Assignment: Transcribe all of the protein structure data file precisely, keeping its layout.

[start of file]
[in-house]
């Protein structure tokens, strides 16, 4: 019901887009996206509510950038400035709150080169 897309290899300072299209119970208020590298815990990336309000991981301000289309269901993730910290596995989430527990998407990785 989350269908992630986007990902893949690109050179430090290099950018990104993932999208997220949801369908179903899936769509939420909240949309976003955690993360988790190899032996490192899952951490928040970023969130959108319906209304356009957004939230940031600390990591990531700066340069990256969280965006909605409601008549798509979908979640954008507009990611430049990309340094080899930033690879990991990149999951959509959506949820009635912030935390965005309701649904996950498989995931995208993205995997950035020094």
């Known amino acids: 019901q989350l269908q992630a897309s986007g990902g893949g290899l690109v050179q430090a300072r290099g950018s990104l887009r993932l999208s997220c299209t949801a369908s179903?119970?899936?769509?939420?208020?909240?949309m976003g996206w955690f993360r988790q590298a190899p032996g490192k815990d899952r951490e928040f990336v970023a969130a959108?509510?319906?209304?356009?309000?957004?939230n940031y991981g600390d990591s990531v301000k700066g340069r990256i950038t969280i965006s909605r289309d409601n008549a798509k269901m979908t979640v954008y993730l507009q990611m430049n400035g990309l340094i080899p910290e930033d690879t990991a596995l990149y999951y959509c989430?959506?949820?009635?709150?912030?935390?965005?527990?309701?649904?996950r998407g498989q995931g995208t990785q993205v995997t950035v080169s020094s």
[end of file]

[in-house]
């Protein structure tokens, strides 16, 4: 019901887009996206509510950038400035709150080169 897309290899300072299209119970208020590298815990990336309000991981301000289309269901993730910290596995989430527990998407990785 989350269908992630986007990902893949690109050179430090290099950018990104993932999208997220949801369908179903899936769509939420909240949309976003955690993360988790190899032996490192899952951490928040970023969130959108319906209304356009957004939230940031600390990591990531700066340069990256969280965006909605409601008549798509979908979640954008507009990611430049990309340094080899930033690879990991990149999951959509959506949820009635912030935390965005309701649904996950498989995931995208993205995997950035020094």
């Known amino acids: 019901q989350l269908q992630a897309s986007g990902g893949g290899l690109v050179q430090a300072r290099g950018s990104l887009r993932l999208s997220c299209t949801a369908s179903?119970?899936?769509?939420?208020?909240?949309m976003g996206w955690f993360r988790q590298a190899p032996g490192k815990d899952r951490e928040f990336v970023a969130a959108?509510?319906?209304?356009?309000?957004?939230n940031y991981g600390d990591s990531v301000k700066g340069r990256i950038t969280i965006s909605r289309d409601n008549a798509k269901m979908t979640v954008y993730l507009q990611m430049n400035g990309l340094i080899p910290e930033d690879t990991a596995l990149y999951y959509c989430?959506?949820?009635?709150?912030?935390?965005?527990?309701?649904?996950r998407g498989q995931g995208t990785q993205v995997t950035v080169s020094s």